Assuming Collins is correct that you shirk the responsibility of developing young players because you have designs on winning a World Series, why is he now repeating the same tactics with Smith?
Currently, the Mets are 10 games under .500. The team has to win 62% of their remaining games just to get to .500. The team has already traded away Jay Bruce, Lucas Duda, Addison Reed, and Neil Walker. If an opportunity presents itself, Asdrubal Cabrera, Curtis Granderson, and Rene Rivera will find new homes before the end of the month. Put more succinctly, this team is not in a position where they are trying to win games – this is a time to develop players.
Pinch hitting for Smith the very first opportunity he gets to face a left-handed pitcher in the majors does nothing to accomplish that goal.
Overall, unless Collins is facing some delusions of grandeur, there is no reason to believe the Mets are winning anything in 2017. Smith is ticketed to be the Mets starting first baseman in 2018. To that end, the rest of the regular season should be dedicated to helping him best prepare for the 2018 season. Sitting him against left-handed pitching only hinders his development.
Maybe, just maybe Collins was never truly concerned with player development. Maybe in his mind young left-handed batters are just incapable of hitting left-handed pitching. It is likely the reason why he previously sat Conforto against left-handed pitching, and it is the reason why he’s doing it with Smith now.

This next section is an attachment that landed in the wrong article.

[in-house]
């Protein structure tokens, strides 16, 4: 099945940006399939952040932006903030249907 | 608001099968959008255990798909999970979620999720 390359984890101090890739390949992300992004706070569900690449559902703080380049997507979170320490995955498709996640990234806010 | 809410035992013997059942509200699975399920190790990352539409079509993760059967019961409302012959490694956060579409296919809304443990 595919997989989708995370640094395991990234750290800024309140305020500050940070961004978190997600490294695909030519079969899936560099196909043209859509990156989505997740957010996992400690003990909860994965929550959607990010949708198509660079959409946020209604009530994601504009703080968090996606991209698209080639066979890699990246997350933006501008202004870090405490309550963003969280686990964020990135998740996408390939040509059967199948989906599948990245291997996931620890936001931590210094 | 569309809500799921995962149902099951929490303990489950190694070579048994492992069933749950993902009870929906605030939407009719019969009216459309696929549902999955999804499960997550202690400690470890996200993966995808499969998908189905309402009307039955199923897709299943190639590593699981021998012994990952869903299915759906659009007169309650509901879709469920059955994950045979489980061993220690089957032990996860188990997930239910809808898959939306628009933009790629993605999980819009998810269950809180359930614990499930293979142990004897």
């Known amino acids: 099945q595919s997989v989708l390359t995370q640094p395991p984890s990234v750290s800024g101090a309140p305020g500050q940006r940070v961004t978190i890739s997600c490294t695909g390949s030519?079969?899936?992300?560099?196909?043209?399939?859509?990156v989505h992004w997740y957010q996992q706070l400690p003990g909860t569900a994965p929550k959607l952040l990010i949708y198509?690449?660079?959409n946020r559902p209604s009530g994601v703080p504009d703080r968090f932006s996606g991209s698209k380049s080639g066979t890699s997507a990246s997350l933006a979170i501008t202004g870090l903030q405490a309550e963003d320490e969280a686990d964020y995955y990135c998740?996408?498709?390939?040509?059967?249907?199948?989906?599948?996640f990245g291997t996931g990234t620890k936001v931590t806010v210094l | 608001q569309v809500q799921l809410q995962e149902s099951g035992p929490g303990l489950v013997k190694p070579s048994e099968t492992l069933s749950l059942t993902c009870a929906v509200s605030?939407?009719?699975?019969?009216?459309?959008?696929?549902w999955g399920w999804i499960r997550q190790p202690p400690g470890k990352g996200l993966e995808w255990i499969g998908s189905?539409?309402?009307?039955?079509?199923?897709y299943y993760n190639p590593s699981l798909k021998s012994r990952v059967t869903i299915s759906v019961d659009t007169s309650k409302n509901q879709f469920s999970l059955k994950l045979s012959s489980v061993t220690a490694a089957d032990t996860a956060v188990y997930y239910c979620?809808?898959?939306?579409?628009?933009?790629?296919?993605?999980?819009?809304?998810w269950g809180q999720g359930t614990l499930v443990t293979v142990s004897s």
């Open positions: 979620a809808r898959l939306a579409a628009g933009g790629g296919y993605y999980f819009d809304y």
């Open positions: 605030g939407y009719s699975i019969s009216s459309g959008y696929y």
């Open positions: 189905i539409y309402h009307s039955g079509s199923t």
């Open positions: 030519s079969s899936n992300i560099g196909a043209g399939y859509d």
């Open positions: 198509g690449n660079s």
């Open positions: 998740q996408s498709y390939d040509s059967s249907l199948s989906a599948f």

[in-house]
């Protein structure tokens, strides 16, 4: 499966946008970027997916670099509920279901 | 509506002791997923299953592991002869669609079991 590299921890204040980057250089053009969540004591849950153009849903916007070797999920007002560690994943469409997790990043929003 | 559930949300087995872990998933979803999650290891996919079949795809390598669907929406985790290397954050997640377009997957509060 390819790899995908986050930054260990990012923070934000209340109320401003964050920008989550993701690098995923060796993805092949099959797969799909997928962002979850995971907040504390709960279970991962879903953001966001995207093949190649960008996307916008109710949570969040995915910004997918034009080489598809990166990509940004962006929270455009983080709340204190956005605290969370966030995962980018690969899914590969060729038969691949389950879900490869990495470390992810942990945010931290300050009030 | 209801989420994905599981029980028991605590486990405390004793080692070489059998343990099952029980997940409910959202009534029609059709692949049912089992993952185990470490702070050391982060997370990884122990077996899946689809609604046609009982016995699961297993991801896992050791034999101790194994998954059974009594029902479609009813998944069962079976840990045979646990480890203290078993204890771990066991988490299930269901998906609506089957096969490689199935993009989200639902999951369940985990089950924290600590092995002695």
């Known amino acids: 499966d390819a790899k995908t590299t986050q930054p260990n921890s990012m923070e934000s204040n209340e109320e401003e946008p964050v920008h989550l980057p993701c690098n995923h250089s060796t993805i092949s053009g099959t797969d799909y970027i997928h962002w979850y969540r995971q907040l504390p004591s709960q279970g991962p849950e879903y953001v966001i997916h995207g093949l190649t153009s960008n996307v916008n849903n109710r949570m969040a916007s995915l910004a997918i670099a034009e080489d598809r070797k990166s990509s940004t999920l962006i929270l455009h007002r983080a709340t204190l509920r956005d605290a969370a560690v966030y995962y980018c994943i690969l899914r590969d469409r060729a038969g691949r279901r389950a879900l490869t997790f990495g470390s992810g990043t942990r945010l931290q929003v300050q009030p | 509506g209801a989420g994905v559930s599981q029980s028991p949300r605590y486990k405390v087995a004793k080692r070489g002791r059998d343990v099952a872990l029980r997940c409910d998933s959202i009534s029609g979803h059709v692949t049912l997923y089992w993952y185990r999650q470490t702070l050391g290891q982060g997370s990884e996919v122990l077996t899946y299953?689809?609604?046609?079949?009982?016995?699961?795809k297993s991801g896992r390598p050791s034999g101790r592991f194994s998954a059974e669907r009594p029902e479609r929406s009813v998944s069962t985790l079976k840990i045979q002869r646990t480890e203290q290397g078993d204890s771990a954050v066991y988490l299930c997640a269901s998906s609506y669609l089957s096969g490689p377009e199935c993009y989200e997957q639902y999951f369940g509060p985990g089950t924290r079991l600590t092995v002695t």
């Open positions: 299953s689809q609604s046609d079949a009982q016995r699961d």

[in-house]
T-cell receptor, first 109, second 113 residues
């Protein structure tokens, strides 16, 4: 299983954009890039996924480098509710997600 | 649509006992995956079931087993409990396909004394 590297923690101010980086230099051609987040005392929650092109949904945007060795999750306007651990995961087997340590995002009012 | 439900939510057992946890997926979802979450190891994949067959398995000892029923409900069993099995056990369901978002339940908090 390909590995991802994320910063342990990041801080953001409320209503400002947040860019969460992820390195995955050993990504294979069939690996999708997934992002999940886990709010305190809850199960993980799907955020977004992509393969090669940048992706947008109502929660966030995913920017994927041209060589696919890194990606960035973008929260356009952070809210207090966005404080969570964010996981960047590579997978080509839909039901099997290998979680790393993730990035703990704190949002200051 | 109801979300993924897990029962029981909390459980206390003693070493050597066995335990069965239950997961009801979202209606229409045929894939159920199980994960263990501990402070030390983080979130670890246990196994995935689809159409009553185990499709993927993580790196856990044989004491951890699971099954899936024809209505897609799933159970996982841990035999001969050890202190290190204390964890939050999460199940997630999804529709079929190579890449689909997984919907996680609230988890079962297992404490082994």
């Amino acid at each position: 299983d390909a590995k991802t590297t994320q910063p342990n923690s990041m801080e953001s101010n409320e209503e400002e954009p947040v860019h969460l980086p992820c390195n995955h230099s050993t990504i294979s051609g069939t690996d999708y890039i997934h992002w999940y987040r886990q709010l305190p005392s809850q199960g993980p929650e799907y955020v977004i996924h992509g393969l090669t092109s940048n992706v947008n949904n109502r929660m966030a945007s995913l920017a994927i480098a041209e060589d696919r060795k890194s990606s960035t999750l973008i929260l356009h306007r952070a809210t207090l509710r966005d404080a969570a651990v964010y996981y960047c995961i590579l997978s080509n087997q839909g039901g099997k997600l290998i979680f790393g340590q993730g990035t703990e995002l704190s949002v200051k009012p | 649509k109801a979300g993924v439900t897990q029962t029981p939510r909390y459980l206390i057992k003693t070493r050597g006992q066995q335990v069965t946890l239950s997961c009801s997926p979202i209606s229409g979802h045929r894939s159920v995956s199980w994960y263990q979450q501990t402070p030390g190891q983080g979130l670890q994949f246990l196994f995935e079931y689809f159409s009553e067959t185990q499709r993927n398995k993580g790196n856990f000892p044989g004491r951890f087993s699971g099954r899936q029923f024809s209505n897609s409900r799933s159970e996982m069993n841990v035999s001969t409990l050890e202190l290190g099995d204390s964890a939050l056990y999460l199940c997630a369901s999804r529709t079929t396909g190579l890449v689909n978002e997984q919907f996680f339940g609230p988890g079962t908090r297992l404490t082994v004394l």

It’s poor managing, and it has had a tangible effect on player development. Collins might have had his excuse with Conforto, but he doesn’t have that excuse with Smith now. If Collins shields Smith from a left-handed pitcher just one more time, the Mets are going to have to find someone else to manage. Simply put, you cannot permit Collins to hinder Smith’s development to win some meaningless games.
Last night, after the Yankees come from behind win over the Mets, their social media team went to work to try to mock Mets fans:
When your friend tries to say New York is a "Mets town." pic.twitter.com/mC7t98ttM7
— New York Yankees (@Yankees) August 15, 2017
Clearly, there are some issues with this tweet:
- If you’re going to say it’s a Yankees town, make sure you don’t use a picture with a lot of empty seats. Even if your premise is correct this is a Yankees town, you’re showing picture evidence that people still don’t want to go to your ballpark.
- They used a photo where literally no one is watching the game. Essentially, you’re saying New York is a Yankee town for people who have no interest in watching baseball.